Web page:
Still a great place to visit though.
Should clarify eastside refers to Bellevue and vicinity. Not sure Vancouver west end has any single family home left for some time. But nice to want to keep a few on Capitol Hill or make them cute B&B.
There are alternatives, Dan. You're on a polemical spree on the subject of density on the Hill. I know it makes for copy, but it seems a little unreasonable.
1.) Some of those quaint, single-family homes could be converted to multiple-family homes with extensions, attic conversions, etc. That would preserve some views, daylight, yard space and greenery, thus preserving some of the aesthetics that are part of quality of life. Even if I don't own it, I can look at it. But there are bigger bucks to be made with complete tear-downs and new higher-rise condos with more units.
2.) Clustered density throughout the city around transit hubs is a way to get people out of their cars for the commute. I live in Beacon Hill, share a small house, and take the bus. Still saving the planet without having to live in an expensive little box. So there.
Obviously we need more 40-100 story buildings.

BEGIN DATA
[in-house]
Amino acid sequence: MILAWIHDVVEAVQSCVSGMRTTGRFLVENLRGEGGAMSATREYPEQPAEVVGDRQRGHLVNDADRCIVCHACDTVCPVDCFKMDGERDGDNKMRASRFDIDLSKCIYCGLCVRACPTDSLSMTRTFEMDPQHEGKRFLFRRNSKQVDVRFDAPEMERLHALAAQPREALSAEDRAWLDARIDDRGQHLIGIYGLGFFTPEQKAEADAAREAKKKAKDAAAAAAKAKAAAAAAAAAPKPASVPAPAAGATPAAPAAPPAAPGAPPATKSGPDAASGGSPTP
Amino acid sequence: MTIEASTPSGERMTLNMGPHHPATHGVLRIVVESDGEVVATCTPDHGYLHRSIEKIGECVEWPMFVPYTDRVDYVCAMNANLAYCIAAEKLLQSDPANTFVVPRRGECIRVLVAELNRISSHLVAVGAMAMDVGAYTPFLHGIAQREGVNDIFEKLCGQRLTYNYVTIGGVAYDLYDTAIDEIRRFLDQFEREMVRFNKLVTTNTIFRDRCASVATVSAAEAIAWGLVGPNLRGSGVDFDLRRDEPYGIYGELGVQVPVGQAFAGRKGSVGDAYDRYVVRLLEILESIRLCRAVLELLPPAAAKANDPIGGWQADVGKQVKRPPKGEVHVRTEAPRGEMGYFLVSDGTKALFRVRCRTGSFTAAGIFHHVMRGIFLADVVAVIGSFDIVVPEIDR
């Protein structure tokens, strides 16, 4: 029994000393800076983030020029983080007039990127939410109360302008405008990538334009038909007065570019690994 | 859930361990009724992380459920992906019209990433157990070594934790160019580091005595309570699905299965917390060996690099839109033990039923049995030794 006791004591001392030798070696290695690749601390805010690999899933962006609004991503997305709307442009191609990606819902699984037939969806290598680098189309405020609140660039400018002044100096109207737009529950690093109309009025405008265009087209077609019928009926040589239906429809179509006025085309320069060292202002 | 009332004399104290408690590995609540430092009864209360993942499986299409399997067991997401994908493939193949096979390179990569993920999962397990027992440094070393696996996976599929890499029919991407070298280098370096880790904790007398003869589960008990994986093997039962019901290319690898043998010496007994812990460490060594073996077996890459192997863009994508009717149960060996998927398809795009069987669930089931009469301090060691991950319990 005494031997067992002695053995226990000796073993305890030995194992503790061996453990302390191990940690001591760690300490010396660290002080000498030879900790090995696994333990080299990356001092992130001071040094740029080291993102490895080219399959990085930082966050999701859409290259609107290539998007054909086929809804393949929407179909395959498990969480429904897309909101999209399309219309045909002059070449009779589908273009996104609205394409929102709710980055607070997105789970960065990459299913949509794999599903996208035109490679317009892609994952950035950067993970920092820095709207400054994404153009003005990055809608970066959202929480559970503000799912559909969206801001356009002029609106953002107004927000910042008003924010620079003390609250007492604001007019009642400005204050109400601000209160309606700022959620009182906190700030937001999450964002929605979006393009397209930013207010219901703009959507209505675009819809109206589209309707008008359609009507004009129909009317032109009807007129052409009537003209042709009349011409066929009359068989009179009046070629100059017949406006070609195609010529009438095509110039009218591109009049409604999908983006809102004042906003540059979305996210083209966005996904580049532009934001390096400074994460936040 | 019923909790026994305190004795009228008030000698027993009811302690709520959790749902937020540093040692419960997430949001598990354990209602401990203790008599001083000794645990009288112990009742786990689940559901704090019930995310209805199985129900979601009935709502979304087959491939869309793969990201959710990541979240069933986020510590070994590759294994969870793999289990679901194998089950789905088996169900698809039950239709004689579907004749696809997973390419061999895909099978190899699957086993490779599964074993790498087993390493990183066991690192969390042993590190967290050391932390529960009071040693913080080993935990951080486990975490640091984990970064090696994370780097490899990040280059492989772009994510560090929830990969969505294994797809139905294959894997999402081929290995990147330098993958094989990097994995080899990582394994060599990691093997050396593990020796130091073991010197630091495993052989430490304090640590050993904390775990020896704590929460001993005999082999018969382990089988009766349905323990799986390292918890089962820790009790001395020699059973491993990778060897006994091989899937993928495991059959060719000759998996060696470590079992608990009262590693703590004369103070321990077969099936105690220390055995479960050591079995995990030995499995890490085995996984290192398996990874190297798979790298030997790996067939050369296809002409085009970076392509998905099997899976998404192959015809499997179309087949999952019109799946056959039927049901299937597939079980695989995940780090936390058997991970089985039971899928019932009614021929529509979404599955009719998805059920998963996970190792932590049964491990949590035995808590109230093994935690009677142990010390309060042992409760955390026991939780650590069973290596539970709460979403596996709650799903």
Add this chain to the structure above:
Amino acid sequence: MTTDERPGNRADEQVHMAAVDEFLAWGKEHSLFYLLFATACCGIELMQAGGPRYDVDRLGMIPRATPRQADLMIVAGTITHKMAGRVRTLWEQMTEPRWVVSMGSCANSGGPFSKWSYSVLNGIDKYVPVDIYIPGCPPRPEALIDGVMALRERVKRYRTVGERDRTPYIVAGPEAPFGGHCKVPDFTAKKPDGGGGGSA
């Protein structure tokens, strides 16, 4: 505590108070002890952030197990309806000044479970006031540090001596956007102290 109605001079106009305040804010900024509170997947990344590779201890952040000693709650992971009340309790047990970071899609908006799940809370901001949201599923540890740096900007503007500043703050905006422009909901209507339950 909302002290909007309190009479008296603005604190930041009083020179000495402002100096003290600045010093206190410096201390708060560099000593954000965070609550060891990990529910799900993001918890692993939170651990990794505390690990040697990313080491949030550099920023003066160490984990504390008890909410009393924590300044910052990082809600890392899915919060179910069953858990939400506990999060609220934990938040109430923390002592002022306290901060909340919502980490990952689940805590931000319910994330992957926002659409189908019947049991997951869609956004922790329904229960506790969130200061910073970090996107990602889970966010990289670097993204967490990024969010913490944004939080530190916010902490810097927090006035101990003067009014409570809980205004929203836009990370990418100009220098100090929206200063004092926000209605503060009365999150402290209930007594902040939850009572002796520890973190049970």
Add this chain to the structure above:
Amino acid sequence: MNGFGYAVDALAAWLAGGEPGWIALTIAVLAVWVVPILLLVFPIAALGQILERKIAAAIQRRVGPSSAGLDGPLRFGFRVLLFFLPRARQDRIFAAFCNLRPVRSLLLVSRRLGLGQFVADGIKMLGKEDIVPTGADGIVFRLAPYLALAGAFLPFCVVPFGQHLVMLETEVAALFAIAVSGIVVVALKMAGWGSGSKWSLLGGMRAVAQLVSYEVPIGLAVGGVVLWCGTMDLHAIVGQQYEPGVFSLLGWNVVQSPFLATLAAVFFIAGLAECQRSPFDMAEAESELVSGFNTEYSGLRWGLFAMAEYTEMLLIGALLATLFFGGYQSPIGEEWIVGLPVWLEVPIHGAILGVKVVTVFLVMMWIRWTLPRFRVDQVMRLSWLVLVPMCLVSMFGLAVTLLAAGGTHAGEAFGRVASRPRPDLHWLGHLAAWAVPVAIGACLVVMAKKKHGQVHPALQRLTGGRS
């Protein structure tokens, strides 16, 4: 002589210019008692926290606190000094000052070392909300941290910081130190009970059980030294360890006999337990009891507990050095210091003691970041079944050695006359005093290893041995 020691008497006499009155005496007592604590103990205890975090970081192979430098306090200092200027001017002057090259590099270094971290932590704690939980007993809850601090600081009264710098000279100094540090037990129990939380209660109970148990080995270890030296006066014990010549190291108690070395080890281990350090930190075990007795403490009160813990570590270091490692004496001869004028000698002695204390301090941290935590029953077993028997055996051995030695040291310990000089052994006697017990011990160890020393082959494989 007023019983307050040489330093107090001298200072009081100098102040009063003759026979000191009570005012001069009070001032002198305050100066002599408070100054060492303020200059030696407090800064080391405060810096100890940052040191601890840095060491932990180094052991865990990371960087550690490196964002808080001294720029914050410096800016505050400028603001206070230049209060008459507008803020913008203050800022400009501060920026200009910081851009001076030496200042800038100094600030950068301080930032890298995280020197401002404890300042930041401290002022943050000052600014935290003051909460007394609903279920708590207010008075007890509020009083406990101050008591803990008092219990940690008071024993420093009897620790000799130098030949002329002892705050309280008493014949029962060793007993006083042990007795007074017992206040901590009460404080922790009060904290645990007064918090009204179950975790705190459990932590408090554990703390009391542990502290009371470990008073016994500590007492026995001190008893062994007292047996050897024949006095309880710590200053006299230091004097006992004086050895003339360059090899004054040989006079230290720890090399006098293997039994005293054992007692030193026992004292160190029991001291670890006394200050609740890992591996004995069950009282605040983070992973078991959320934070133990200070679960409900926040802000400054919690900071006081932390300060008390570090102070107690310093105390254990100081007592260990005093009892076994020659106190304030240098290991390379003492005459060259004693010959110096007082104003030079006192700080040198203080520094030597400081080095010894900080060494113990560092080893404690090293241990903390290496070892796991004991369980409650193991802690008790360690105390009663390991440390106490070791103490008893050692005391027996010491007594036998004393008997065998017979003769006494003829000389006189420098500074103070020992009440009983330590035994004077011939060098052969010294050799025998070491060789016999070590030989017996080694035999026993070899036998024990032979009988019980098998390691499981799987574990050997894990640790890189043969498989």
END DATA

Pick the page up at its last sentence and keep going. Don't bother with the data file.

Has anyone looked at the little changed Wallingford neighborhood?
@17 see @26
@14, thanks for the info.
Hi Dan,

You're a powerful speaker and writer, and I've often admired your unabashedly honest disclosures and stances regarding a wide variety of issues. Nevertheless, I would like to address the parallels between our hypocrisies. In 2015, I bought a condo unit in a building that, 11 years earlier, apparently replaced quaint, residential structures when it was built (and, yes, I get that you think it's really, really ugly). I bought the condo in large part because it was near Cal Anderson Park, which I really enjoy and which I visited a lot last summer when I lived in East Queen Anne. And, yes, the view of that park was one of the reasons I bought. Yet, I wrote an article arguing, among other things, against replacing what I view (no pun intended) as a quaint, residential structure with an even bigger building than mine, and which is also next to my building,directly across from Cal Anderson Park, and directly across from a quaint, old church. That church, in turn, is next to single-family residences. All of these other buildings are in a less intense, residential zone.